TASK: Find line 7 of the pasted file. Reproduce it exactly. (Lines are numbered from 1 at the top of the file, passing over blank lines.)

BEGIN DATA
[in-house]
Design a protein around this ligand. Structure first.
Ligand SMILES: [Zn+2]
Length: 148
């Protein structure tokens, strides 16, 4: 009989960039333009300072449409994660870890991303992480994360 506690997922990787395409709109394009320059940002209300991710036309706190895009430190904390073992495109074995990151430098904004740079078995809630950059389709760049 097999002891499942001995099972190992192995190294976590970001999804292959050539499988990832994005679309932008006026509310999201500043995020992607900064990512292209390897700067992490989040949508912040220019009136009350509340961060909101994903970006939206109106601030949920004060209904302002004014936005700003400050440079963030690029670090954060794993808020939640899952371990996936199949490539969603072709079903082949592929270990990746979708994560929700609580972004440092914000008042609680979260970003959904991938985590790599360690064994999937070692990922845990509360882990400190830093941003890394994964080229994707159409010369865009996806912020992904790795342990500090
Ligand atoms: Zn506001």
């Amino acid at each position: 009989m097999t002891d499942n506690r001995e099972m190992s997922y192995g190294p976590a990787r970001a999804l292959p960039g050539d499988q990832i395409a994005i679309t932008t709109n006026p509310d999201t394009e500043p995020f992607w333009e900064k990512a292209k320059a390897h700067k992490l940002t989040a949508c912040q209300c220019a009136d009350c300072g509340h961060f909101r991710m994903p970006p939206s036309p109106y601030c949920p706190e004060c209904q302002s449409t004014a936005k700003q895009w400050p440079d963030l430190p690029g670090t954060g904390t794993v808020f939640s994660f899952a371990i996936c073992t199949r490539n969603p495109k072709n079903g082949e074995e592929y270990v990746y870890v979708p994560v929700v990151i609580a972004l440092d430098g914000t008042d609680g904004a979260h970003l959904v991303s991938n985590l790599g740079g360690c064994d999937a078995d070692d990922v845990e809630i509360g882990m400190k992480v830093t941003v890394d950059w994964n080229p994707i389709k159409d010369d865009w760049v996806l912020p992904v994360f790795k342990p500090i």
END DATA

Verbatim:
């Amino acid at each position: 009989m097999t002891d499942n506690r001995e099972m190992s997922y192995g190294p976590a990787r970001a999804l292959p960039g050539d499988q990832i395409a994005i679309t932008t709109n006026p509310d999201t394009e500043p995020f992607w333009e900064k990512a292209k320059a390897h700067k992490l940002t989040a949508c912040q209300c220019a009136d009350c300072g509340h961060f909101r991710m994903p970006p939206s036309p109106y601030c949920p706190e004060c209904q302002s449409t004014a936005k700003q895009w400050p440079d963030l430190p690029g670090t954060g904390t794993v808020f939640s994660f899952a371990i996936c073992t199949r490539n969603p495109k072709n079903g082949e074995e592929y270990v990746y870890v979708p994560v929700v990151i609580a972004l440092d430098g914000t008042d609680g904004a979260h970003l959904v991303s991938n985590l790599g740079g360690c064994d999937a078995d070692d990922v845990e809630i509360g882990m400190k992480v830093t941003v890394d950059w994964n080229p994707i389709k159409d010369d865009w760049v996806l912020p992904v994360f790795k342990p500090i």